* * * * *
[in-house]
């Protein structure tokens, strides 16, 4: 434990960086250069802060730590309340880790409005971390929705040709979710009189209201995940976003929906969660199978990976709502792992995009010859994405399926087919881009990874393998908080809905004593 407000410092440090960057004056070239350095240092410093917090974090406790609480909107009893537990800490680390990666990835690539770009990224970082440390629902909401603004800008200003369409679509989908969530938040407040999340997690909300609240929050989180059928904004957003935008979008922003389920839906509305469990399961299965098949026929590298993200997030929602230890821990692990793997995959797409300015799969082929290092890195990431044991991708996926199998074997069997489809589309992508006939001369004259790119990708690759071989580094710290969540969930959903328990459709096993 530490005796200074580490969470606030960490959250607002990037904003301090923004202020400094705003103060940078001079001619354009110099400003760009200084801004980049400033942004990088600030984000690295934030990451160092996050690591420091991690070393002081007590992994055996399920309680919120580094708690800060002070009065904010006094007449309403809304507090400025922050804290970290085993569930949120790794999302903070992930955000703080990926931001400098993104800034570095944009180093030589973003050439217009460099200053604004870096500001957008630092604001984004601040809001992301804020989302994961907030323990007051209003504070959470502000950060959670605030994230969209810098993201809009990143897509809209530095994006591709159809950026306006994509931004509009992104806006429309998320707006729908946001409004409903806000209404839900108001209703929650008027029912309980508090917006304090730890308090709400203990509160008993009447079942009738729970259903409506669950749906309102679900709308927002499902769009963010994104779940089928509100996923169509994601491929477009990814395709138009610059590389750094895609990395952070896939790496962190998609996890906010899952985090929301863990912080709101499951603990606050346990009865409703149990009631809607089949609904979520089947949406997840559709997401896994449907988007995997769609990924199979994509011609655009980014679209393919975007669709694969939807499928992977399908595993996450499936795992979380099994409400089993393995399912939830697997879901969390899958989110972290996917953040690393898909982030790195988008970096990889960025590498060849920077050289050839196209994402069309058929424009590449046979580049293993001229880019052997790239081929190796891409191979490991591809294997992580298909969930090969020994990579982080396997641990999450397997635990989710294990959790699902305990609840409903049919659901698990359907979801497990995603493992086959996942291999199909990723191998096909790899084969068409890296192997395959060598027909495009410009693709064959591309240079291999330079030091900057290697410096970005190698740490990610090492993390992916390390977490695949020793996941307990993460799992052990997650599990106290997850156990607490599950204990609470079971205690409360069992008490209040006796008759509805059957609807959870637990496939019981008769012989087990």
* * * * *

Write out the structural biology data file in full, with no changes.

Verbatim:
[in-house]
């Protein structure tokens, strides 16, 4: 434990960086250069802060730590309340880790409005971390929705040709979710009189209201995940976003929906969660199978990976709502792992995009010859994405399926087919881009990874393998908080809905004593 407000410092440090960057004056070239350095240092410093917090974090406790609480909107009893537990800490680390990666990835690539770009990224970082440390629902909401603004800008200003369409679509989908969530938040407040999340997690909300609240929050989180059928904004957003935008979008922003389920839906509305469990399961299965098949026929590298993200997030929602230890821990692990793997995959797409300015799969082929290092890195990431044991991708996926199998074997069997489809589309992508006939001369004259790119990708690759071989580094710290969540969930959903328990459709096993 530490005796200074580490969470606030960490959250607002990037904003301090923004202020400094705003103060940078001079001619354009110099400003760009200084801004980049400033942004990088600030984000690295934030990451160092996050690591420091991690070393002081007590992994055996399920309680919120580094708690800060002070009065904010006094007449309403809304507090400025922050804290970290085993569930949120790794999302903070992930955000703080990926931001400098993104800034570095944009180093030589973003050439217009460099200053604004870096500001957008630092604001984004601040809001992301804020989302994961907030323990007051209003504070959470502000950060959670605030994230969209810098993201809009990143897509809209530095994006591709159809950026306006994509931004509009992104806006429309998320707006729908946001409004409903806000209404839900108001209703929650008027029912309980508090917006304090730890308090709400203990509160008993009447079942009738729970259903409506669950749906309102679900709308927002499902769009963010994104779940089928509100996923169509994601491929477009990814395709138009610059590389750094895609990395952070896939790496962190998609996890906010899952985090929301863990912080709101499951603990606050346990009865409703149990009631809607089949609904979520089947949406997840559709997401896994449907988007995997769609990924199979994509011609655009980014679209393919975007669709694969939807499928992977399908595993996450499936795992979380099994409400089993393995399912939830697997879901969390899958989110972290996917953040690393898909982030790195988008970096990889960025590498060849920077050289050839196209994402069309058929424009590449046979580049293993001229880019052997790239081929190796891409191979490991591809294997992580298909969930090969020994990579982080396997641990999450397997635990989710294990959790699902305990609840409903049919659901698990359907979801497990995603493992086959996942291999199909990723191998096909790899084969068409890296192997395959060598027909495009410009693709064959591309240079291999330079030091900057290697410096970005190698740490990610090492993390992916390390977490695949020793996941307990993460799992052990997650599990106290997850156990607490599950204990609470079971205690409360069992008490209040006796008759509805059957609807959870637990496939019981008769012989087990």